Kasseika Ransomware Utilizes BYOVD to Neutralize Security Defenses Pre-Encryption

The ransomware group Kasseika has adopted the Bring Your Own Vulnerable Driver (BYOVD) attack strategy to disarm security-related processes on compromised Windows systems, aligning itself with similar tactics employed by groups like Akira, AvosLocker, BlackByte, and RobbinHood.

This tactic enables threat actors to terminate antivirus processes and services, creating an environment conducive to deploying ransomware, as outlined in the analysis. Kasseika, first identified by cybersecurity experts in mid-December 2023, shows similarities to the now-defunct BlackMatter, which emerged following the shutdown of DarkSide.

Evidence suggests that Kasseika might be the work of an experienced threat actor who acquired or purchased access to BlackMatter, considering that BlackMatter’s source code has not publicly leaked since its demise in November 2021.

Kasseika’s attack chains typically begin with a phishing email for initial access, followed by the deployment of remote administration tools (RATs) to gain privileged access and move laterally within the targeted network. The attackers employ Microsoft’s Sysinternals PsExec command-line utility to execute a malicious batch script. This script checks for the presence of a process named “Martini.exe” and terminates it if found, ensuring there is only one instance running on the machine.

The “Martini.exe” executable then downloads and runs the “Martini.sys” driver from a remote server to disable 991 security tools. Notably, “Martini.sys” is a legitimate signed driver named “viragt64.sys,” added to Microsoft’s vulnerable driver blocklist.

Following this step, “Martini.exe” launches the ransomware payload (“smartscreen_protected.exe”), initiating the encryption process using ChaCha20 and RSA algorithms. Before encryption, it kills all processes and services accessing Windows Restart Manager. A ransom note is left in each encrypted directory, and the computer’s wallpaper is altered to display a ransom demand of 50 bitcoins within 72 hours.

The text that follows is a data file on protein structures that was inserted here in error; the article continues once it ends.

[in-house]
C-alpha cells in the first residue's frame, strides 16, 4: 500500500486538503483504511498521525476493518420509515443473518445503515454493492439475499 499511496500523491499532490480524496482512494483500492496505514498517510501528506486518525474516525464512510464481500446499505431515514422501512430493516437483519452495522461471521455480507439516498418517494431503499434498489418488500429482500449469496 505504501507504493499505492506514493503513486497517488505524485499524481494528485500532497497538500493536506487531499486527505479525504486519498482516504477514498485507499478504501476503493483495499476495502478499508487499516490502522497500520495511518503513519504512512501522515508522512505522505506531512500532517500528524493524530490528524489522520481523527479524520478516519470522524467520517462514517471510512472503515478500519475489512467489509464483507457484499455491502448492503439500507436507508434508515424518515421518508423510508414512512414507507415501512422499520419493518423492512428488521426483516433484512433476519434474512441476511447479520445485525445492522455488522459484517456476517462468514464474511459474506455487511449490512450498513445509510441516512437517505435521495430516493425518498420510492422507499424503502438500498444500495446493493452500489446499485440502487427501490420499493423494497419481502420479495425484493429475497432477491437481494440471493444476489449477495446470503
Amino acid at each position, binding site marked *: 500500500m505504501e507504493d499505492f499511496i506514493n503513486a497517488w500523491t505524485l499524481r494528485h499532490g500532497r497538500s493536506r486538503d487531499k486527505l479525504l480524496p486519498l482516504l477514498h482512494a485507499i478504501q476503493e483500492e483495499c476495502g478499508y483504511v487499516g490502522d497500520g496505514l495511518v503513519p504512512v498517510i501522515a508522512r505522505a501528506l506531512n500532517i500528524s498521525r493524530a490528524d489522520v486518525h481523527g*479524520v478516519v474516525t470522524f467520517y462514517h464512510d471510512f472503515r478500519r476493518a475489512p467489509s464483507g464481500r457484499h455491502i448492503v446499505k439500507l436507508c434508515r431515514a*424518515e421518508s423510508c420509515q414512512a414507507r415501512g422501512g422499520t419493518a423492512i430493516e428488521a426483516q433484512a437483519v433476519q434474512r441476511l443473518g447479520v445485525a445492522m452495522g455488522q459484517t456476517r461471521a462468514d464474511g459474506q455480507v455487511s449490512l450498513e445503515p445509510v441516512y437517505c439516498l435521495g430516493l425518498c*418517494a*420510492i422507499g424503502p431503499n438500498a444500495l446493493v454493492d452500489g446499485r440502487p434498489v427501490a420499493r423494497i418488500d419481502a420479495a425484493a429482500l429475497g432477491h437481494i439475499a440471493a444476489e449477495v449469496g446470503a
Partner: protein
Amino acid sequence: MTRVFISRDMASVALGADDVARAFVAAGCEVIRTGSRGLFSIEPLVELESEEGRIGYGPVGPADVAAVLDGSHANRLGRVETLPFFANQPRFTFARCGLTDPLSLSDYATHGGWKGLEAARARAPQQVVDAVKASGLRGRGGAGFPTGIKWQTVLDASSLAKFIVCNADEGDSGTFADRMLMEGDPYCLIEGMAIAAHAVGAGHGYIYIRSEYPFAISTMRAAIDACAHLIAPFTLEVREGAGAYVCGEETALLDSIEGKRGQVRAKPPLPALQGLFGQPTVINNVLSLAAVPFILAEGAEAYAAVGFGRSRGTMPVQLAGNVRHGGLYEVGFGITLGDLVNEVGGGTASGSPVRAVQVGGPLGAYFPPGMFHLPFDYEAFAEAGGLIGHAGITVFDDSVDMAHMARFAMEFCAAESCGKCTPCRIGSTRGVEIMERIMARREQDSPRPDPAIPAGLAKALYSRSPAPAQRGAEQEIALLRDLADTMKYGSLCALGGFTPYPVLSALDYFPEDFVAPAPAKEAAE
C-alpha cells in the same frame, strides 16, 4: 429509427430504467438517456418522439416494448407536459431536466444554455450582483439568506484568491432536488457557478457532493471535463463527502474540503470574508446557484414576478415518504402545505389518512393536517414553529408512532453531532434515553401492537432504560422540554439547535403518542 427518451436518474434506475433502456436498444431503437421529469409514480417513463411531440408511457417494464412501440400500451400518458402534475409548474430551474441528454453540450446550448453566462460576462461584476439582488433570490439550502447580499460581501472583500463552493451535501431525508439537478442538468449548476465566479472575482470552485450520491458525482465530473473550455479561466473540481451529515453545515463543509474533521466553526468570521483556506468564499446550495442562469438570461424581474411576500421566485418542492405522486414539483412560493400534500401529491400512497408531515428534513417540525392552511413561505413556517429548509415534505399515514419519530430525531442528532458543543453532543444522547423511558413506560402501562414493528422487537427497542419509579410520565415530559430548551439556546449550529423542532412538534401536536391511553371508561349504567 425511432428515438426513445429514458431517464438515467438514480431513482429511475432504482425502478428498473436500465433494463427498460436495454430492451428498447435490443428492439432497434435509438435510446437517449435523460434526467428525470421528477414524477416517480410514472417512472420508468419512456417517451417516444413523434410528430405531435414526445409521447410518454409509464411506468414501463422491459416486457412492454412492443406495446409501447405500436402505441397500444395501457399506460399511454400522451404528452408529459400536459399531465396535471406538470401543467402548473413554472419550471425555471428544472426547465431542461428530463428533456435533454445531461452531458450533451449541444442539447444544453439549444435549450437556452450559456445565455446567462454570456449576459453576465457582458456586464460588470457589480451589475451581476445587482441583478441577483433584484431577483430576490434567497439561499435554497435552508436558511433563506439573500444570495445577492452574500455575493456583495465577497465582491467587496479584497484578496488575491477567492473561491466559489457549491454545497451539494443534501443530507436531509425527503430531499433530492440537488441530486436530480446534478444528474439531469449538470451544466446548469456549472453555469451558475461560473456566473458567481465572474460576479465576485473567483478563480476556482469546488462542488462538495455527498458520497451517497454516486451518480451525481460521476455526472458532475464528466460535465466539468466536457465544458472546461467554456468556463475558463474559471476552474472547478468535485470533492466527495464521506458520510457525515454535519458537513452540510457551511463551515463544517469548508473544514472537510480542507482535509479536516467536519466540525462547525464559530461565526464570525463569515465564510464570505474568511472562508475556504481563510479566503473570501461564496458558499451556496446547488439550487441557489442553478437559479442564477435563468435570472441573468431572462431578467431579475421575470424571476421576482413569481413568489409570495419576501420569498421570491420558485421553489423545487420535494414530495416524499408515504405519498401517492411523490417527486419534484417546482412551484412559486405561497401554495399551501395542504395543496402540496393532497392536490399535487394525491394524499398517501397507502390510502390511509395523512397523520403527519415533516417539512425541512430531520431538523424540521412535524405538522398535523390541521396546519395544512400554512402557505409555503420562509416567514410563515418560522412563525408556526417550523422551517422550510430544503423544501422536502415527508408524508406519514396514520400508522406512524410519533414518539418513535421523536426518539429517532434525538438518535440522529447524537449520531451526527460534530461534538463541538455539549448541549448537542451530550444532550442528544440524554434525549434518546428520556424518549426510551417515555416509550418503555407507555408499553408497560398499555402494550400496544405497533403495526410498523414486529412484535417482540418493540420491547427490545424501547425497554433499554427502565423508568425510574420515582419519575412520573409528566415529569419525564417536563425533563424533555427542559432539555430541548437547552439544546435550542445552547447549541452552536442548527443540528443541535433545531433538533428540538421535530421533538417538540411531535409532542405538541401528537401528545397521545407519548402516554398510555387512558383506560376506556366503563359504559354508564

To further obfuscate their tracks, Kasseika wipes system event logs using the “wevtutil.exe” binary, making it more challenging for security tools to identify and respond to malicious activities.

In a related development, the BianLian ransomware group’s shift from double extortion schemes to encryptionless extortion attacks after the release of a free decryptor in early 2023. BianLian has been active since September 2022, targeting various sectors across the U.S., the U.K., Canada, India, Australia, Brazil, Egypt, France, Germany, and Spain.

The group commonly exploits stolen Remote Desktop Protocol (RDP) credentials, known vulnerabilities like ProxyShell, and web shells to infiltrate corporate networks. Furthermore, there are indications of a potential connection between BianLian and another ransomware group, Makop, as they share a custom .NET-based tool, suggesting collaboration or shared resources in the past.

To thwart ransomware attacks like those employing BYOVD tactics, users should maintain regular backups of critical data and ensure they are stored securely. Employing robust antivirus and anti-ransomware solutions, along with educating users on recognizing phishing attempts, adds an extra layer of defense. Additionally, keeping operating systems and software updated helps patch vulnerabilities that threat actors may exploit, thereby fortifying the overall security posture against ransomware attacks like Kasseika.